Hi everyone, welcome to my review of It Only Happens in the Movies. I read Am I Normal Yet by Holly Bourne last year and immediately felt a deep connection with it, due to it featuring a main character with both anxiety and OCD, both of which I have been through myself. Reading this book actually relieved a lot of the stresses I had bottled up, mostly because there was somebody else “like me” in YA literature!
After finishing this, I vowed to read the rest of Holly’s work, but the second and third books in the Spinster Club series are still sat on my bookcase… I will rectify this shortly, promise! When I heard that Holly was writing a new YA book, I just had to get my hands on it.
I met Holly at YALC earlier in the year (in which I thanked her profusely for including, in my opinion, such spot on representation of an anxiety disorder in her books) and also went to the book tour for It Only Happens in the Movies. After hearing Holly speak about her newest release, I knew I would love it. Keep reading for my spoiler free review.
From the cover:
Audrey is over romance. Since her parents’ relationship imploded her mother’s been catatonic, so she takes a cinema job to get out of the house. But there she meets wannabe film-maker Harry. Nobody expects Audrey and Harry to fall in love as hard and fast as they do. But that doesn’t mean things are easy. Because real love isn’t like the movies…
The greatest love story ever told doesn’t feature kissing in the snow or racing to airports. It features pain and confusion and hope and wonder and a ban on cheesy clichés. Oh, and zombies… YA star Holly Bourne tackles real love in this hugely funny and poignant novel.
My review of It Only Happens in the Movies
First of all, I need to discuss our main character, Audrey. Despite some differences within our familial situation, I felt that Audrey was an extremely relatable character, almost like somebody you are friends with in real life. Throughout the story, Audrey constantly stands up for what she believes in which is a really admirable trait, and isn’t afraid to say no if she doesn’t want to do something, like turning down drugs and alcohol. Audrey understands her worth and wants what ultimately is best for her; I have a lot of respect for her because of this.
Harry, the love interest, is the typical “bad boy charming romantic”. You know he’s trouble from the beginning but you can’t help but warm to him as the story goes on. Despite Harry and Audrey falling in love with one another, Audrey calls him out on his shit repeatedly, and I think it’s refreshing to see that it’s ok to love someone and disagree with their views and actions at the same time in a YA contemporary novel.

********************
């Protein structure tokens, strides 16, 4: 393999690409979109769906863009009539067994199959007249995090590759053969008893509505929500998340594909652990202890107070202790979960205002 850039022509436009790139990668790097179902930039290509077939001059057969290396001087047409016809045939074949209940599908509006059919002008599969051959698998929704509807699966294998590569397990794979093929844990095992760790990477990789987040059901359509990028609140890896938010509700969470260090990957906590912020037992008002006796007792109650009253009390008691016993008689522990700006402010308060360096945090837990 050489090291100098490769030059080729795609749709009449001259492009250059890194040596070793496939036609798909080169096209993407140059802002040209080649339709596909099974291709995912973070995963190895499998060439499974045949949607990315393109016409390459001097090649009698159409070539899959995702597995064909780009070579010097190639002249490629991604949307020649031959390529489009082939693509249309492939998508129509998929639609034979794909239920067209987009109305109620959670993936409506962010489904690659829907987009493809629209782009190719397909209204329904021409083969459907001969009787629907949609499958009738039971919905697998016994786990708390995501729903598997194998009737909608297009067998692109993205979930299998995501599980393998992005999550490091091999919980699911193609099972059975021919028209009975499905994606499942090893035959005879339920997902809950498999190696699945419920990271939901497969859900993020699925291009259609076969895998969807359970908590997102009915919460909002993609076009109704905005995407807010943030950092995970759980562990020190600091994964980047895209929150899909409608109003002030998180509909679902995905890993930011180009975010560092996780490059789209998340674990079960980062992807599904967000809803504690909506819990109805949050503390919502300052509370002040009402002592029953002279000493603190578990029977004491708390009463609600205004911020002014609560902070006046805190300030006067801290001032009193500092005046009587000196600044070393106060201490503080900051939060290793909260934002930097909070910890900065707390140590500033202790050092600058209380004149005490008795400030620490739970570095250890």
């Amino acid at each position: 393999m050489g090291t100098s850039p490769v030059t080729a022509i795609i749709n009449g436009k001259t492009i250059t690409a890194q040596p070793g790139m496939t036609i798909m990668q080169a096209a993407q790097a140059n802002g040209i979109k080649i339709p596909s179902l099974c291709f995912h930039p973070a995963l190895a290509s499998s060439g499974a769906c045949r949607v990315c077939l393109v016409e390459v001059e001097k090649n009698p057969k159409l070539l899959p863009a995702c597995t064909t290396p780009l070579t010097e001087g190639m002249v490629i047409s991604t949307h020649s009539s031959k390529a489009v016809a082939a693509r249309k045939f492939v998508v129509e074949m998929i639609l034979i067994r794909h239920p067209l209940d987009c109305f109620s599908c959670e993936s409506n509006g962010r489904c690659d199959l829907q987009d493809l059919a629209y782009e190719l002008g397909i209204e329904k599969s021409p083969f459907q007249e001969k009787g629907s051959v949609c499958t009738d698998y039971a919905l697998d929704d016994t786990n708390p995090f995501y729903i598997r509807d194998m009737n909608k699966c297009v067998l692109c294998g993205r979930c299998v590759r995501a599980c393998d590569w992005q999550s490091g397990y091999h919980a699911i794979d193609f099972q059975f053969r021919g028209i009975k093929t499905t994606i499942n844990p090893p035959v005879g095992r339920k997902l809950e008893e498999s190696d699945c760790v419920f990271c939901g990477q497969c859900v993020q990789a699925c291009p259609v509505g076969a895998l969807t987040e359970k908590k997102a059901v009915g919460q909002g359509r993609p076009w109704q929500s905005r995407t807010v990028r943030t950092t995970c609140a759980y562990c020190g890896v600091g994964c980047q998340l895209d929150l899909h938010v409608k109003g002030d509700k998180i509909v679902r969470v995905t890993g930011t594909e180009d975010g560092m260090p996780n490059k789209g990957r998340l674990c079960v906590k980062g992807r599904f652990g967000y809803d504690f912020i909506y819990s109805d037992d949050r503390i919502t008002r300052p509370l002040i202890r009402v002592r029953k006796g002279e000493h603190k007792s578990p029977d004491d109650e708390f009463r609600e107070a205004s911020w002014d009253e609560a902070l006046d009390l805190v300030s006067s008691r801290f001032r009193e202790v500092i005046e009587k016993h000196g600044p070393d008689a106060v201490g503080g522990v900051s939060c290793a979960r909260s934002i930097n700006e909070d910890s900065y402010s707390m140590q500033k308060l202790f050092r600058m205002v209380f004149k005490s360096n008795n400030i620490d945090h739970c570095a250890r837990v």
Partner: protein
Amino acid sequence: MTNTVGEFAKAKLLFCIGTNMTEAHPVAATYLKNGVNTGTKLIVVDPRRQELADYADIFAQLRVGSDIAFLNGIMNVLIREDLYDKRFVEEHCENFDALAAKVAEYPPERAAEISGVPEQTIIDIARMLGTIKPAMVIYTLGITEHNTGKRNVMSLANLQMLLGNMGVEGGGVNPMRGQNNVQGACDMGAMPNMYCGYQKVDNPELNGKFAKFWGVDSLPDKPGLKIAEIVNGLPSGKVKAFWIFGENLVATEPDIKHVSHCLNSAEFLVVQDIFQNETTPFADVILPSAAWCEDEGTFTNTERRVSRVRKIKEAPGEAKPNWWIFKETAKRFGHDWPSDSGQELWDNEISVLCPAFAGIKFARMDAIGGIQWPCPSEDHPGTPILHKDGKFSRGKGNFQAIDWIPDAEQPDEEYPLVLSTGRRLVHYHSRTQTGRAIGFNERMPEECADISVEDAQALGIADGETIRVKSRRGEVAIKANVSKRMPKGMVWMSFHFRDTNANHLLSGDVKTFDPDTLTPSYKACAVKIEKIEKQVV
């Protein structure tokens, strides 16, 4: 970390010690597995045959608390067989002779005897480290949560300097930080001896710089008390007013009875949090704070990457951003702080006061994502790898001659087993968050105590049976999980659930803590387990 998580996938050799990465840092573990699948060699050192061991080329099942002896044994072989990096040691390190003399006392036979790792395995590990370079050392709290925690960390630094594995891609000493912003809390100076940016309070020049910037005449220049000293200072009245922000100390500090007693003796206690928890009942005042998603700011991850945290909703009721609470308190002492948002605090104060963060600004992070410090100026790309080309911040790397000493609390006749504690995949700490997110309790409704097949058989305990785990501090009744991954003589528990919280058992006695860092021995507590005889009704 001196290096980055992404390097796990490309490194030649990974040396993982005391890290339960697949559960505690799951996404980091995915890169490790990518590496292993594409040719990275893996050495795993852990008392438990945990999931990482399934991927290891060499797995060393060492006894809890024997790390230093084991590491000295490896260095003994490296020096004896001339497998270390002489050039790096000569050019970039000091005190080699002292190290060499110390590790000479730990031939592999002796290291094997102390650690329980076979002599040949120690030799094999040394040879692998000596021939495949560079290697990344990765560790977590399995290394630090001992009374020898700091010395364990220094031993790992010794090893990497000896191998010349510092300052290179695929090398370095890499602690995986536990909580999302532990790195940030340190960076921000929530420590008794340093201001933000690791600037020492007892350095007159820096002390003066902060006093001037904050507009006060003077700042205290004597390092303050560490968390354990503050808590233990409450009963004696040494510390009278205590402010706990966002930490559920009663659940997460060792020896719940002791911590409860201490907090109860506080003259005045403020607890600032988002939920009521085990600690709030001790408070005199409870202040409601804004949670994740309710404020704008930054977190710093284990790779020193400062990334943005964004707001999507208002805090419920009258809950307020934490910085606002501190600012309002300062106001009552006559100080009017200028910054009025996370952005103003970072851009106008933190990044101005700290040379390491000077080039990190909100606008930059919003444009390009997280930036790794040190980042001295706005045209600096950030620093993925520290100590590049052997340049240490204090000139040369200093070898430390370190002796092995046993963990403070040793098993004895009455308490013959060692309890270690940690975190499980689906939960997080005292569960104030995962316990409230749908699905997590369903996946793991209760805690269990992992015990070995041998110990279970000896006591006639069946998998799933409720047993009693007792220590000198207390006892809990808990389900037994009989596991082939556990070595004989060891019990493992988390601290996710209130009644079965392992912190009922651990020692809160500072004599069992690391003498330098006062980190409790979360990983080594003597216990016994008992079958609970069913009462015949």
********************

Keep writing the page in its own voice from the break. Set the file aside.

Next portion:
Once again, Holly has managed to write a brilliantly engaging story in which a lot of teens and young adults will be able to see parts of their own lives reflected, but at the same time has included important points and situations that we don’t often, if at all, read about in YA. While not explicitly stated in the book, Audrey experiences vaginismus (difficulties in having penetrative sex due to incredible pain) and it isn’t just glossed over, it’s explored and I think that this is incredibly important.
Vaginismus affects around 17% percent of women between fifteen and sixty-four in the UK, but almost 50% of women with vaginismus are between fifteen and twenty-four, highlighting exactly why this representation is necessary in YA. I’m so grateful to Holly for including this and showing that this isn’t a case of there being something “wrong” with the woman as Audrey believe, but many (often treatable) factors.
Aside from this, It Only Happens in the Movies is packed with feminist characters who discuss periods and sex without judgement, know exactly what they want, and are good, reliable girl friends who are there for you without catty comments when you need them. WE NEED MORE OF THIS PLEASE!
It Only Happens in the Movies challenged the typical notions of a romance novel and tackles the cliches head on. It was eye opening to see typical rom com plots from another perspective, with Audrey creating a project for her media class about how they aren’t all as they seem. I drew from this that it’s still ok to love and enjoy rom coms (as I’m sure we all do from time to time!), but it’s important to be able to distinguish problematic, unrealistic and in some cases downright abusive relationships from the healthy.
Holly actually created the “Wormtail theory”. Next time you think a character is being totally hot and romantic, replace them with Wormtail. Ryan Gosling grabbing somebody’s face and kissing them to shut them up? “Ok we think this is kind of hot.” Wormtail? “No, this is disgusting, I didn’t give you consent to kiss me?!”
This book explored the idea that teens and young adults don’t necessarily need a partner to be complete, and love isn’t always a fairy-tale, despite us being conditioned to believe this is true. It Only Happens in the Movies was a quick and fast paced read in which some serious topics are explored, such as divorce and familial breakdowns.
You can’t help but root for Audrey throughout and I loved reading about a main character that I was constantly supportive of. I wish I’d had this book and Audrey to look up to when I was growing up and experiencing my first relationships; hats off to Holly for writing another incredible book!
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